Dr. Boyce Watkins: NCAA President Agrees that Athletes Should Be Paid a Little More

by Dr. Boyce Watkins, Syracuse UniversityScholarship in Action 

Every now and then, some families get to experience “that intervention moment.” This is when the uncle who’s been getting high, drunk and abusive every single day finally admits that he might have a problem. Of course he still minimizes the significance of his issues, but he has at least opened the door to getting the help that he needs.

For the American justice and economic systems, the NCAA is the addicted uncle. But rather than being hooked on drugs, the NCAA is addicted to the highs of capitalism and corporate greed. By being able to skirt the legal and moral parameters of our society, this professional sports league has been able to extract wealth from student athletes and the African American community to the tune of several billion dollars.

The NCAA’s new president, Mark Emmert, shocked the world when he admitted that it might be time for student athletes and their families to share in the massive revenue streams being generated by their kids. Emmert has admitted that he would like to “explore” the issue of modestly increasing the scholarship limits of student athletes in revenue-generating sports, primarily football and basketball. While remaining far from admitting that there should be significant changes, Emmert has confessed to the fact that the financial asymmetries might be a bit uncomfortable.

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1 Comment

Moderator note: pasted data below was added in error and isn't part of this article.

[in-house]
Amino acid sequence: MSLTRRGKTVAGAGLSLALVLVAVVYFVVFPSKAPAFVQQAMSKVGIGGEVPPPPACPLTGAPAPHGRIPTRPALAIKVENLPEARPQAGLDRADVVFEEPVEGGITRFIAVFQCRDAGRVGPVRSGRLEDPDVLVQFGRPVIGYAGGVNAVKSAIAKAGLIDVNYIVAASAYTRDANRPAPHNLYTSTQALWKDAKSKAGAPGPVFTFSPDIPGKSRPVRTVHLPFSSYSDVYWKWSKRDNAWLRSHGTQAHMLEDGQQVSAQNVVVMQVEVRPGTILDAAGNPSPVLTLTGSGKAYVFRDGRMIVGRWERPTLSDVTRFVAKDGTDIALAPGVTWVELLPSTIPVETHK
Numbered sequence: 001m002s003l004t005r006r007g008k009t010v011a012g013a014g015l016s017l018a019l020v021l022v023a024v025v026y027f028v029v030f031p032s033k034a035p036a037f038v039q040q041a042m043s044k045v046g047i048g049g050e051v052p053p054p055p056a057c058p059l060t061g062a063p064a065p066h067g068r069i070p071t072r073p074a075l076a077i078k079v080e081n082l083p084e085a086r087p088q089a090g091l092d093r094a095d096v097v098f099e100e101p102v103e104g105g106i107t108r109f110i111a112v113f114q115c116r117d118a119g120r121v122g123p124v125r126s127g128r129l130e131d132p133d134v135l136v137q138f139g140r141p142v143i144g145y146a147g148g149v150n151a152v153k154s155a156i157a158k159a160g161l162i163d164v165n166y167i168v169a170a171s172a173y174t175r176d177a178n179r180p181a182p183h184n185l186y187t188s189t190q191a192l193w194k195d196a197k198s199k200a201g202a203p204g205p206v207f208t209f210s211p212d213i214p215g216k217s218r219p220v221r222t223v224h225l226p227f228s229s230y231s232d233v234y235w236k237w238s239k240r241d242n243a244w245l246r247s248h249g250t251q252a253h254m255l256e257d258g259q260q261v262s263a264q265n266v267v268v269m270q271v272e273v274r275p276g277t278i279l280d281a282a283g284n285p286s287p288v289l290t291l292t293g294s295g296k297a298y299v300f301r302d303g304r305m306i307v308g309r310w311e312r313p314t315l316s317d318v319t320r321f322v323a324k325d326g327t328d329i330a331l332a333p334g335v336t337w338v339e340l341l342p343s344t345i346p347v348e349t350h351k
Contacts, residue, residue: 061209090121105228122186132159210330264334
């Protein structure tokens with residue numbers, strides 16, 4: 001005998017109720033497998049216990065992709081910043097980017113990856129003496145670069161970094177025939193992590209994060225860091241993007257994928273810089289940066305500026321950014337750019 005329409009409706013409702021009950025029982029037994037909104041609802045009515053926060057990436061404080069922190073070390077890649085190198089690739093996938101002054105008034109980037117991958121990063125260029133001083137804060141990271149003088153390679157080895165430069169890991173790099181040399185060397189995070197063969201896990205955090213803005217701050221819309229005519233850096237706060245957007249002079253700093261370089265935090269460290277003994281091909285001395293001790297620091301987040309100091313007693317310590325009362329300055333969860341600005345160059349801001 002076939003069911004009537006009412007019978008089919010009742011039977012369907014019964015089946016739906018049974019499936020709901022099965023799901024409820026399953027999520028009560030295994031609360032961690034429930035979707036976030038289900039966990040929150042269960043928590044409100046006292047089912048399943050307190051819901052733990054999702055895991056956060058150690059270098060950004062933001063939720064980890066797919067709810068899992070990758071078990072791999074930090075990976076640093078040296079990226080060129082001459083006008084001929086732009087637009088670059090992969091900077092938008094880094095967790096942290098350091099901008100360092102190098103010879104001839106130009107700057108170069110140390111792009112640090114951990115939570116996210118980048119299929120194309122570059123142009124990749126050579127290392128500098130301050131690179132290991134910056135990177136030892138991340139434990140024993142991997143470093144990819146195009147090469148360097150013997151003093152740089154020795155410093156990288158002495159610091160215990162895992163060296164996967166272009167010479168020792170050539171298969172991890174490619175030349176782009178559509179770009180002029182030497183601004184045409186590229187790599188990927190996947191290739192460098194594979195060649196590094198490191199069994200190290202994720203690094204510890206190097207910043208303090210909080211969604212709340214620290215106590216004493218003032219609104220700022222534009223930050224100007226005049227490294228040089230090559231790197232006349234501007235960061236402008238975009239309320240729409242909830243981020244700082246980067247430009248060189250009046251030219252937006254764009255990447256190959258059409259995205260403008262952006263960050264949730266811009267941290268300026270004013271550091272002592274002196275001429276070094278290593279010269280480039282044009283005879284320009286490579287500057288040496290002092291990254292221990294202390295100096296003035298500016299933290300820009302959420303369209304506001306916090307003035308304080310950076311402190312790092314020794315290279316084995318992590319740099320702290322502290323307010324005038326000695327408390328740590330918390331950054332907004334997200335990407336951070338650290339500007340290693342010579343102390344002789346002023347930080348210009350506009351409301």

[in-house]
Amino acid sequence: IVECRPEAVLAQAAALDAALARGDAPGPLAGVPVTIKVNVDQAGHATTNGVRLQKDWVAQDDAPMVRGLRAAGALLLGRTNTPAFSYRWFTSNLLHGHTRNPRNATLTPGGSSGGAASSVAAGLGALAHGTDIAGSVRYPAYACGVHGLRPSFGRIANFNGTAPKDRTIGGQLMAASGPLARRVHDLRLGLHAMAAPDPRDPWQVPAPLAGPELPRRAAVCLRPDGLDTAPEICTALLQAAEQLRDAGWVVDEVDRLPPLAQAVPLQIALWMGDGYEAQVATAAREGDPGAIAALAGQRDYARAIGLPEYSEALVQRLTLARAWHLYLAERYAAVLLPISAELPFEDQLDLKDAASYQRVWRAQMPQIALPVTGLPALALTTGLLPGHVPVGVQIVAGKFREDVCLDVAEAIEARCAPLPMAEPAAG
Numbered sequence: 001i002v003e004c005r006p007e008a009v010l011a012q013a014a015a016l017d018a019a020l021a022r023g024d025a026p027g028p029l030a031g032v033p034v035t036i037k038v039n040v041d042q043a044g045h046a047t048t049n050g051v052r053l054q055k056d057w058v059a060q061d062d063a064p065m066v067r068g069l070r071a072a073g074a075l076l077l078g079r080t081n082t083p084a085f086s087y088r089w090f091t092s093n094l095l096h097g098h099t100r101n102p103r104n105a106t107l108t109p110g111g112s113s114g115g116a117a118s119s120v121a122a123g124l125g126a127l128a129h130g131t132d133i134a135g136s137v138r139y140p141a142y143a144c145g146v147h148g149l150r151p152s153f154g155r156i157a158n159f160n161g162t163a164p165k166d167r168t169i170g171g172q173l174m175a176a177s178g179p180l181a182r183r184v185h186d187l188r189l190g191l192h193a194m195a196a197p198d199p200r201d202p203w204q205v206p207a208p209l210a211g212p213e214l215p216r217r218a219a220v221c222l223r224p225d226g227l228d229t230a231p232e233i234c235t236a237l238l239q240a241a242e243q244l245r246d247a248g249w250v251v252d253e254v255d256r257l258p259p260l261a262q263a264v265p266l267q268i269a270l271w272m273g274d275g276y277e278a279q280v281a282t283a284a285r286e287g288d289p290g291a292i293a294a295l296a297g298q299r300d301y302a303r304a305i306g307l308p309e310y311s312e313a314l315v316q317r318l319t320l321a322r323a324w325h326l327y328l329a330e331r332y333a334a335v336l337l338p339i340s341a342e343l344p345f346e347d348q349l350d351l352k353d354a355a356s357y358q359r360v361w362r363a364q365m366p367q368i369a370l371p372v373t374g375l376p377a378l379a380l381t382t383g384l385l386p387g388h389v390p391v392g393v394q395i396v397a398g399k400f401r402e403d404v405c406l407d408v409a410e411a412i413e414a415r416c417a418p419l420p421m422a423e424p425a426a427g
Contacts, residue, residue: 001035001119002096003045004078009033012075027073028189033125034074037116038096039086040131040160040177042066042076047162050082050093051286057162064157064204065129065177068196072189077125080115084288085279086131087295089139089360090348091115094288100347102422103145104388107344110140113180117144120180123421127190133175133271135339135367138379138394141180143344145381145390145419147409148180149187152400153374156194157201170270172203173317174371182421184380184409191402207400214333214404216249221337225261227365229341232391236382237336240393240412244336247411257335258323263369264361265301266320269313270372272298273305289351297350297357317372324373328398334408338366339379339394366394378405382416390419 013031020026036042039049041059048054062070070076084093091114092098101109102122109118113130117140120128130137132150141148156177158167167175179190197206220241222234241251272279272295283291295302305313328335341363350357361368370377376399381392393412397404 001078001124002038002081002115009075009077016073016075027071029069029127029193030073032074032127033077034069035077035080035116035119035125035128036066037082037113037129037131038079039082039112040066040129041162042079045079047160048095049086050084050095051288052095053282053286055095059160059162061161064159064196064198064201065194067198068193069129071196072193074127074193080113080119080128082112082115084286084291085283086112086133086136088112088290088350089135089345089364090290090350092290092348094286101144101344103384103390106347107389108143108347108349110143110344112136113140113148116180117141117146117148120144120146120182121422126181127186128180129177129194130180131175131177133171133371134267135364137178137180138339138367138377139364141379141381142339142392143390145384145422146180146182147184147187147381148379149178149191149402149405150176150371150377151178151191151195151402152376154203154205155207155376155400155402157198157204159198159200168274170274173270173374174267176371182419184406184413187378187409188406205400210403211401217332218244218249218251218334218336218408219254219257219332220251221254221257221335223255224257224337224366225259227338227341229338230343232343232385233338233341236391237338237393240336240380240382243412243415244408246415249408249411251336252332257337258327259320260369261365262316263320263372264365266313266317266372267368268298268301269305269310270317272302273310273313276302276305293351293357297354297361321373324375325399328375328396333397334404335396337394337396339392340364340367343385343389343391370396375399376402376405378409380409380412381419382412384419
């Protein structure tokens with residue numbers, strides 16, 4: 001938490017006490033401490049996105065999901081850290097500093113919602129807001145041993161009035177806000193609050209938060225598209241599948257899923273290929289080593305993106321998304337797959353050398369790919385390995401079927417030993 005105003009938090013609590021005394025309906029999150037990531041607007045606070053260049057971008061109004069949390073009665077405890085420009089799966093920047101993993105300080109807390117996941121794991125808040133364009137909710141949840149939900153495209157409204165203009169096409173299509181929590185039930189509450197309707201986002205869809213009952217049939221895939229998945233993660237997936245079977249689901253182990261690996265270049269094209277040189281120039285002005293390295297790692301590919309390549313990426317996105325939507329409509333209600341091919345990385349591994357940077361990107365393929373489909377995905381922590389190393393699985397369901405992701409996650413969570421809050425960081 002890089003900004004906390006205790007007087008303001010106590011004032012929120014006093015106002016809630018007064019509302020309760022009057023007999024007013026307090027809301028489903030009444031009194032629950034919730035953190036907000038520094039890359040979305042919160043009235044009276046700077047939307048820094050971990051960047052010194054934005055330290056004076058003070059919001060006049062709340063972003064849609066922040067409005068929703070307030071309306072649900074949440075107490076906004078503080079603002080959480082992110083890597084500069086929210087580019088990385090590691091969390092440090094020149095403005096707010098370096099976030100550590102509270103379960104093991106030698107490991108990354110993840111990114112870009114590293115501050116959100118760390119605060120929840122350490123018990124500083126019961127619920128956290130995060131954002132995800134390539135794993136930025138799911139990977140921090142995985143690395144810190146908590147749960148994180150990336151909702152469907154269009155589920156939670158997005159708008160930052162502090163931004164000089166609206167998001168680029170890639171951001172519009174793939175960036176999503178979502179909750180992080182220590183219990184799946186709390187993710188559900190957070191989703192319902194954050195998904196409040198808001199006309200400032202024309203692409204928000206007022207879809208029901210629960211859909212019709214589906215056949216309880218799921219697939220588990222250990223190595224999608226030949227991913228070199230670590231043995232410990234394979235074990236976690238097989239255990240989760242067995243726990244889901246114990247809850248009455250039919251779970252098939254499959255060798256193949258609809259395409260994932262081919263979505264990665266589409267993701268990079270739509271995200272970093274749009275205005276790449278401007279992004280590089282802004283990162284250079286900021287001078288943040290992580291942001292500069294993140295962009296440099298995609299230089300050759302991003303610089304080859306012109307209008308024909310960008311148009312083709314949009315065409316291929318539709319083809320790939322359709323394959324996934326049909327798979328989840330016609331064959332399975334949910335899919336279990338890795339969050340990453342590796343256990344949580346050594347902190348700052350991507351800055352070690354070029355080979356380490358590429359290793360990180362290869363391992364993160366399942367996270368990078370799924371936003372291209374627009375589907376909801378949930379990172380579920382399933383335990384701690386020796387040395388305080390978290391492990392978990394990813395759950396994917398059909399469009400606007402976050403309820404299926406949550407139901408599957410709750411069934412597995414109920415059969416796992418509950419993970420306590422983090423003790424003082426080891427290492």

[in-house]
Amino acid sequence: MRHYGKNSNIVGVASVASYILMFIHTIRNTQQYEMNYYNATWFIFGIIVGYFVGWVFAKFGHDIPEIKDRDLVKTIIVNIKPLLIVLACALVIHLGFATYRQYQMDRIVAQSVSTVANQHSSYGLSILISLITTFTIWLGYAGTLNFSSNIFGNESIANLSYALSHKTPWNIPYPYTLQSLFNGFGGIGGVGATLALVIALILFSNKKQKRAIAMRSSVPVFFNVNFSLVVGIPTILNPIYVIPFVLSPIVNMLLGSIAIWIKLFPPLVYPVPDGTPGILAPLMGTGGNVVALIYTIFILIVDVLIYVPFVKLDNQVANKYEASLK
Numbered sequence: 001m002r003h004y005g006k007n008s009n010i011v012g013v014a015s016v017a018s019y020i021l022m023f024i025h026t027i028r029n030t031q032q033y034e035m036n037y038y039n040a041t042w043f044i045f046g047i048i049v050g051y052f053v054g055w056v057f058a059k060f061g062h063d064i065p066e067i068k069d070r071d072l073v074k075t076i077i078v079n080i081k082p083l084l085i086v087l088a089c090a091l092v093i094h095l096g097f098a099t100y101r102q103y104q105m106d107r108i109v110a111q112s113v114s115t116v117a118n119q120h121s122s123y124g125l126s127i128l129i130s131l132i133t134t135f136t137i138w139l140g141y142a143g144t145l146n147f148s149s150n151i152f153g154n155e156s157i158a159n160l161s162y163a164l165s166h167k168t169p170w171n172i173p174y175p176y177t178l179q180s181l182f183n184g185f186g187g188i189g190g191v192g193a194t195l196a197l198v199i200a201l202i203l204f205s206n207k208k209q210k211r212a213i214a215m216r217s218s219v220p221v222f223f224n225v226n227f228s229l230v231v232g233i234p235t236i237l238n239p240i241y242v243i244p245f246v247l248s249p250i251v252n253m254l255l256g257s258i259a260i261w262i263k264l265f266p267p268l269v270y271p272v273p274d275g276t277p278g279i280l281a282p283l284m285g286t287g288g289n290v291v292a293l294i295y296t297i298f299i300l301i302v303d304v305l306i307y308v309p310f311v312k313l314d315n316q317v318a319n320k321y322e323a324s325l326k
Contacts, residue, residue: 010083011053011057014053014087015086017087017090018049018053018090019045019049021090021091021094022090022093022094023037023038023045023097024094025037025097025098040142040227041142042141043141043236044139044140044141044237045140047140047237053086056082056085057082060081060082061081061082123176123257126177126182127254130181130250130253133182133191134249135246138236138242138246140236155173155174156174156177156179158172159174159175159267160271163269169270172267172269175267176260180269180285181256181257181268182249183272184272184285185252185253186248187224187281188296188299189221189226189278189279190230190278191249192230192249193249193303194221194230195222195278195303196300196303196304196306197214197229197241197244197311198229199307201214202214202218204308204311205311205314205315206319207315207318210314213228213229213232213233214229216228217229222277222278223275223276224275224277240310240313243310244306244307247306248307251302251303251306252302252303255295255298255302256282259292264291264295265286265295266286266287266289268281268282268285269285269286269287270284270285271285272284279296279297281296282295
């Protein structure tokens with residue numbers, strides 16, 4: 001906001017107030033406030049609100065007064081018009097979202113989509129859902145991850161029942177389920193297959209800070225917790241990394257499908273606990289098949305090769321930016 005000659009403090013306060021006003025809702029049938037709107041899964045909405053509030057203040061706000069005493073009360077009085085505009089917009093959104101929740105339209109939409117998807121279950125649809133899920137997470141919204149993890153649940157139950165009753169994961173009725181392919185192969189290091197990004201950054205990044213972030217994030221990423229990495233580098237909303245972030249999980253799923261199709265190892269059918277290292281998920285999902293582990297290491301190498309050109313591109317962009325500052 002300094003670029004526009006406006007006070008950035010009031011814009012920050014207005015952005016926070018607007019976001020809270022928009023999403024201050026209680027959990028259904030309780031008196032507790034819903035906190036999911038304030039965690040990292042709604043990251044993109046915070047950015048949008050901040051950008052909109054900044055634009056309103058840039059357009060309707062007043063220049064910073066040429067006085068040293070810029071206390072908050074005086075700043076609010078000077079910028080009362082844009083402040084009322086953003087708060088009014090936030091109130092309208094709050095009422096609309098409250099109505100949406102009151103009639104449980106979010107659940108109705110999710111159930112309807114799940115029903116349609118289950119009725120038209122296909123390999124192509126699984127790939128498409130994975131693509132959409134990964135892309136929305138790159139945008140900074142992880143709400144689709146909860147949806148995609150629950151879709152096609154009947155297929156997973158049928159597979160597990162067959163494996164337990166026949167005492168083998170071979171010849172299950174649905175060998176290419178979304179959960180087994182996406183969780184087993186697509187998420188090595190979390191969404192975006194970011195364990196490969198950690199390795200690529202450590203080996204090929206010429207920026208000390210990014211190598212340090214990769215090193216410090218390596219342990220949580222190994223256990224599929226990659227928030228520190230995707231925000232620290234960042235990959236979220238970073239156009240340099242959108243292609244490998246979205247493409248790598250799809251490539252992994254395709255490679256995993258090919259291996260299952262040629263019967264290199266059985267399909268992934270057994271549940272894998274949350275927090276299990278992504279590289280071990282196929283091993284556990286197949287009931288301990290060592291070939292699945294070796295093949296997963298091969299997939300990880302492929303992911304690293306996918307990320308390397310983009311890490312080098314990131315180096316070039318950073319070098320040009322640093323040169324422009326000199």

Filed under African Americans

One response to “Dr. Boyce Watkins: NCAA President Agrees that Athletes Should Be Paid a Little More

  1. So this man has spoken out when thousands of powerful men in that area have not. This means that he has either cut his own nuts off or those in the upper-echelons of this manner of slave labor have given the go ahead to slowly and cautiously transition to a more humane capitalistic design.

    The ‘Elite’ who’s fingerprints are all over just about anything which concerns the accumulation of wealth and power are obviously far above the colleges and NCAA spectre. These people sit in congress, the courts, high law enforcement and lastly college boards. You name it they own it.

    That being said. It took war to supposedly abolish African slavery. What is it going to take to abolish this brand of slavery, or all the other brands such as sweat shops, and the conquests of sovereign nation resources etc.?

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